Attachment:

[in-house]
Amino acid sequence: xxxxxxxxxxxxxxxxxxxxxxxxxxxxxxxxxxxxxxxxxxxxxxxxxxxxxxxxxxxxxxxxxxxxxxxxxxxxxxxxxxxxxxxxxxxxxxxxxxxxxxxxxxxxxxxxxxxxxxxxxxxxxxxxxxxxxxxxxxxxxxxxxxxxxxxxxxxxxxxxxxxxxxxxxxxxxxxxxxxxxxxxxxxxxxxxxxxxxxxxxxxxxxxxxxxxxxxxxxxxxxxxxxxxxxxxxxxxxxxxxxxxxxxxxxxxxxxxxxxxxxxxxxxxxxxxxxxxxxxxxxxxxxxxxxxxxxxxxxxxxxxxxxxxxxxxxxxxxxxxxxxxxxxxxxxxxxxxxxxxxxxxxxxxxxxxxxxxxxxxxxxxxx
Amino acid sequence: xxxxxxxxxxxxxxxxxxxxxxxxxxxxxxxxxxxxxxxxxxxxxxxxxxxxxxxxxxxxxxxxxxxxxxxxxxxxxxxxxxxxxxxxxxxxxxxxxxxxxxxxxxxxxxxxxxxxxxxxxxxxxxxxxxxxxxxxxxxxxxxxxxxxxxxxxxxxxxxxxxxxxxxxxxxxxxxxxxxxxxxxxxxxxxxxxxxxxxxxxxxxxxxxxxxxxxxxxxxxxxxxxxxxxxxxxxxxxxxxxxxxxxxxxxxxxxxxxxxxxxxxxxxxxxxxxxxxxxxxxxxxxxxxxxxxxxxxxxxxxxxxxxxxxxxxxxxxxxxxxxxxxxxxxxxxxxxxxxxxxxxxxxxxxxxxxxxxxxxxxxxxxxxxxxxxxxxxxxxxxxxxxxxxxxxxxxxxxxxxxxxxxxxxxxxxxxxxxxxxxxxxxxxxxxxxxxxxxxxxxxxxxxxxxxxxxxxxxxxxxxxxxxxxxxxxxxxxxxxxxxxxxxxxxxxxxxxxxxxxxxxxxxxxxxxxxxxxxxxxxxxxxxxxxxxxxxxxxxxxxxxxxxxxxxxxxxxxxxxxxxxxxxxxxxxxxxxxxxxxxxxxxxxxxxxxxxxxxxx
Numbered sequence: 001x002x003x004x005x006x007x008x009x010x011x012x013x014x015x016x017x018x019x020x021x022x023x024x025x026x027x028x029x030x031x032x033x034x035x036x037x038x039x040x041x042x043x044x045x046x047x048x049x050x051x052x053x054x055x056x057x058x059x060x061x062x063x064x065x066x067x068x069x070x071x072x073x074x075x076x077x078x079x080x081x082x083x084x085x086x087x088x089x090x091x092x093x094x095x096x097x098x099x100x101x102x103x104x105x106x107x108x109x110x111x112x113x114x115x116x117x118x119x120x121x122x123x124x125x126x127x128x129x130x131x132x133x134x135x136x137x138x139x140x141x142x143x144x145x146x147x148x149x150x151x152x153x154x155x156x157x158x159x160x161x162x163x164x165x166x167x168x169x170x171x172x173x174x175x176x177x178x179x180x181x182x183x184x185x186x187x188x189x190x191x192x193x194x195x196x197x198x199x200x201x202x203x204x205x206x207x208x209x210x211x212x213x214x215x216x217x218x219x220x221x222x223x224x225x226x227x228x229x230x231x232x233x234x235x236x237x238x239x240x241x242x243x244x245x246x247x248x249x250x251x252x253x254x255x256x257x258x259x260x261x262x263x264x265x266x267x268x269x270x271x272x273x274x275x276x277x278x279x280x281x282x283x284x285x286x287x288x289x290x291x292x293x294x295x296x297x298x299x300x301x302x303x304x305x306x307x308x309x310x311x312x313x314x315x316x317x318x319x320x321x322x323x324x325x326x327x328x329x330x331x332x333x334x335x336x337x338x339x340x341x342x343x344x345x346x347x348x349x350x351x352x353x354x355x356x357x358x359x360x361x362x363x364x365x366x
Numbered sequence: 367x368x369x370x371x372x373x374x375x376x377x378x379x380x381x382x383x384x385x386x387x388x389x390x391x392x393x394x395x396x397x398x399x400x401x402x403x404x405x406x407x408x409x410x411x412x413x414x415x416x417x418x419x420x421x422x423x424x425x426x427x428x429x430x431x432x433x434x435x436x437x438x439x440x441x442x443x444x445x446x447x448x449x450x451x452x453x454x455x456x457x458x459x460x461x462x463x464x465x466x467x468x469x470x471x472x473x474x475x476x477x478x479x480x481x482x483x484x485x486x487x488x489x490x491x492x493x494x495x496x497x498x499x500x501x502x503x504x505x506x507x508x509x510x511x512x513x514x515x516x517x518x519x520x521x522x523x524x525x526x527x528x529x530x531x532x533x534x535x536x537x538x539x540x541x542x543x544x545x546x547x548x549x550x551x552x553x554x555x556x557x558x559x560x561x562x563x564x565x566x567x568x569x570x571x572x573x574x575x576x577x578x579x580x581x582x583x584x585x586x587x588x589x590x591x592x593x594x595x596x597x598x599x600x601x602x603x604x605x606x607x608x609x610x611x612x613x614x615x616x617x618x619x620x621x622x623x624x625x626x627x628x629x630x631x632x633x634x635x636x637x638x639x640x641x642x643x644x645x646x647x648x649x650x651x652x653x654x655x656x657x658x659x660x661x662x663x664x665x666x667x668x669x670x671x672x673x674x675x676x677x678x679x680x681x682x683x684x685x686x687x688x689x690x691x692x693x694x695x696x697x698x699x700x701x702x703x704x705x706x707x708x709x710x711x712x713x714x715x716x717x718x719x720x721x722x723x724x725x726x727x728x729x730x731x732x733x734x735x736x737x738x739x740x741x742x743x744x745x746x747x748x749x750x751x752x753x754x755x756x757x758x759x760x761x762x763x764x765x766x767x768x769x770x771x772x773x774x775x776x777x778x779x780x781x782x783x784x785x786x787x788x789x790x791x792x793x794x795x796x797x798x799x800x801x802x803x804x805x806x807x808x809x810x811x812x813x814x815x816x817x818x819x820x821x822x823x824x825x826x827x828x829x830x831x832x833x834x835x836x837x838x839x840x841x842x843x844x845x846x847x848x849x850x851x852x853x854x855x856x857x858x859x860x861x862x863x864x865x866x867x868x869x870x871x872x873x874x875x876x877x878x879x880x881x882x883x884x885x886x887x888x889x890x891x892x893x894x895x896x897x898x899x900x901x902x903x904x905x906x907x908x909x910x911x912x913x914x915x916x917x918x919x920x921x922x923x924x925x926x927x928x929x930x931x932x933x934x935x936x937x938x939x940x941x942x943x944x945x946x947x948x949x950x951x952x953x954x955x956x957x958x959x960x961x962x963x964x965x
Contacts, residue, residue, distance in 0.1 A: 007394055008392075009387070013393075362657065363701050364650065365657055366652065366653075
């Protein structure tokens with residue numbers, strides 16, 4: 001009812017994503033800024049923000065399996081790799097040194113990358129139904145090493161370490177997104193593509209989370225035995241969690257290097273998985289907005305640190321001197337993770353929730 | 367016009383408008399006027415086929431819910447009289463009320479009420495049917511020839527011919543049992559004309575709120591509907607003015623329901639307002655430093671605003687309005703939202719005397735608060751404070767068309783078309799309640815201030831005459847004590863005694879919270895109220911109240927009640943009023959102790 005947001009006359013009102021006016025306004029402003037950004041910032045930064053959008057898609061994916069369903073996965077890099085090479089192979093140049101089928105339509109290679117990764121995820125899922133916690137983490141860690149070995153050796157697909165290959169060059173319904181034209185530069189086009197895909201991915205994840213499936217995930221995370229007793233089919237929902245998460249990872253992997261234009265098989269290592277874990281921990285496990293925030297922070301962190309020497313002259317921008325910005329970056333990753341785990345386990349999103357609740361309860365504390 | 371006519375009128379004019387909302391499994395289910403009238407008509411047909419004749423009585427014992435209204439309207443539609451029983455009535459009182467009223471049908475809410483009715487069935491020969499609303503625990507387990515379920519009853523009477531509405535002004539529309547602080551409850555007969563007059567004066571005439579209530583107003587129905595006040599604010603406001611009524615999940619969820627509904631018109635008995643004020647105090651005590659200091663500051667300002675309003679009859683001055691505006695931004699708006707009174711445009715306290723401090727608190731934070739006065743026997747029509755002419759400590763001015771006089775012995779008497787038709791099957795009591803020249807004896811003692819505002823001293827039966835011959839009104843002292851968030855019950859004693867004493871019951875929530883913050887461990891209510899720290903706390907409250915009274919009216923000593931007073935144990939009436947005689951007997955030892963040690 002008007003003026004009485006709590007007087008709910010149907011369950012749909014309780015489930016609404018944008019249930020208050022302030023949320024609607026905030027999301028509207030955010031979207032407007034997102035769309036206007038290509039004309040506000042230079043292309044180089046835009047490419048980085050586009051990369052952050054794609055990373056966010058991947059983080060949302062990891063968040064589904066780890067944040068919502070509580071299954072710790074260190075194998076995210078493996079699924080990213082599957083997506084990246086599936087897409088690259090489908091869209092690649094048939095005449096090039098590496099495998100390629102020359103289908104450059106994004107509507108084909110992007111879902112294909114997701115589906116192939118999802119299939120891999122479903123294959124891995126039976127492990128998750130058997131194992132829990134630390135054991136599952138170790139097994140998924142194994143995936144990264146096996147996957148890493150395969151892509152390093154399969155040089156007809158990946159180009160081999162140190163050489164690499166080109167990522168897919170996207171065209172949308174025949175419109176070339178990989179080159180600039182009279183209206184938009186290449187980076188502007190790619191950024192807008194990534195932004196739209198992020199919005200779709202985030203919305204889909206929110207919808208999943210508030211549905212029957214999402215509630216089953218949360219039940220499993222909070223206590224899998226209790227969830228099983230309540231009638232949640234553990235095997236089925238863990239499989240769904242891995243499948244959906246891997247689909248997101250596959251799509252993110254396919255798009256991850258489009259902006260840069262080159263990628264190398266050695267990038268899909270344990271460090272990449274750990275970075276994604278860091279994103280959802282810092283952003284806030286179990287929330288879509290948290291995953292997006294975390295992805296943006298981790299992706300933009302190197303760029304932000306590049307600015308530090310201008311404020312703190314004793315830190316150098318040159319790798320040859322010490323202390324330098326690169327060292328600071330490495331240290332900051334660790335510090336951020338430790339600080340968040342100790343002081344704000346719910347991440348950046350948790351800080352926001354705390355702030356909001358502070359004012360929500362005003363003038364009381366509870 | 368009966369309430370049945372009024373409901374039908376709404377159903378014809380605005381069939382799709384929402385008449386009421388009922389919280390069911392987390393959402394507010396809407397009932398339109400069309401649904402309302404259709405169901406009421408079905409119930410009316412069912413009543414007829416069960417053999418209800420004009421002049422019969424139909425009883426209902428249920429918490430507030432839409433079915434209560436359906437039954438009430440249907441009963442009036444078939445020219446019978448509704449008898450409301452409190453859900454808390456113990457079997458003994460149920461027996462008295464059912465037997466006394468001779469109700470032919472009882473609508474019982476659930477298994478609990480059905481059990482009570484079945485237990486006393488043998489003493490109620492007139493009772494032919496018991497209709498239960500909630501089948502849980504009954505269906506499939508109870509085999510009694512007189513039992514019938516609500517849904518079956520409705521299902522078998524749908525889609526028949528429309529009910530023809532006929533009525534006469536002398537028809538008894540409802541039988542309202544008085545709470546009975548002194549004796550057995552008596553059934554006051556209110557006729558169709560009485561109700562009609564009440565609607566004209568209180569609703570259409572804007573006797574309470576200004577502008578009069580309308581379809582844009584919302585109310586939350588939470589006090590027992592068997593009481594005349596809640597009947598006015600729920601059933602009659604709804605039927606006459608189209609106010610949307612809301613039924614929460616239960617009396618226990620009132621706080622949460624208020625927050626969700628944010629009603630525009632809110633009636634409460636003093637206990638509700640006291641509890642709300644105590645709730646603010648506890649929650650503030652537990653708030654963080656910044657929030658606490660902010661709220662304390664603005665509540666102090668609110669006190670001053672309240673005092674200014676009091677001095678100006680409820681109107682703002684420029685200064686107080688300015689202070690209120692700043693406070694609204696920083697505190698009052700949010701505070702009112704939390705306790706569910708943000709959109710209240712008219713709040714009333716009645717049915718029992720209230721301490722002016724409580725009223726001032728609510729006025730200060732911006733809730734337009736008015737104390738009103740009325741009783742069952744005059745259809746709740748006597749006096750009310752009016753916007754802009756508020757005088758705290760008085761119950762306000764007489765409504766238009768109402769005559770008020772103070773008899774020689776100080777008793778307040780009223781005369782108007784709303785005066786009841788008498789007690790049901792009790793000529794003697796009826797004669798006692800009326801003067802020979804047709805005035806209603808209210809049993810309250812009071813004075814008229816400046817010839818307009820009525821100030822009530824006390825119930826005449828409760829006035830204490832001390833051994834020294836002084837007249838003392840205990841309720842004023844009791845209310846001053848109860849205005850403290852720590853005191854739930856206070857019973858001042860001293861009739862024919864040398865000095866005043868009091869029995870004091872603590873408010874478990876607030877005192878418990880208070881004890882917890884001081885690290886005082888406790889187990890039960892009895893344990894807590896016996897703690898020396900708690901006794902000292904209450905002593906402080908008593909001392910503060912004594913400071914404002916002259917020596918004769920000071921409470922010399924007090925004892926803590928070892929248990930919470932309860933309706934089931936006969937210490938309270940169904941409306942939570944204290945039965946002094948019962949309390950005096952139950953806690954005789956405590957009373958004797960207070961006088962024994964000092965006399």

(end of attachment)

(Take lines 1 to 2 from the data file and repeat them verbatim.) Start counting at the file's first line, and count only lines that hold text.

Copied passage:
[in-house]
Amino acid sequence: xxxxxxxxxxxxxxxxxxxxxxxxxxxxxxxxxxxxxxxxxxxxxxxxxxxxxxxxxxxxxxxxxxxxxxxxxxxxxxxxxxxxxxxxxxxxxxxxxxxxxxxxxxxxxxxxxxxxxxxxxxxxxxxxxxxxxxxxxxxxxxxxxxxxxxxxxxxxxxxxxxxxxxxxxxxxxxxxxxxxxxxxxxxxxxxxxxxxxxxxxxxxxxxxxxxxxxxxxxxxxxxxxxxxxxxxxxxxxxxxxxxxxxxxxxxxxxxxxxxxxxxxxxxxxxxxxxxxxxxxxxxxxxxxxxxxxxxxxxxxxxxxxxxxxxxxxxxxxxxxxxxxxxxxxxxxxxxxxxxxxxxxxxxxxxxxxxxxxxxxxxxxxx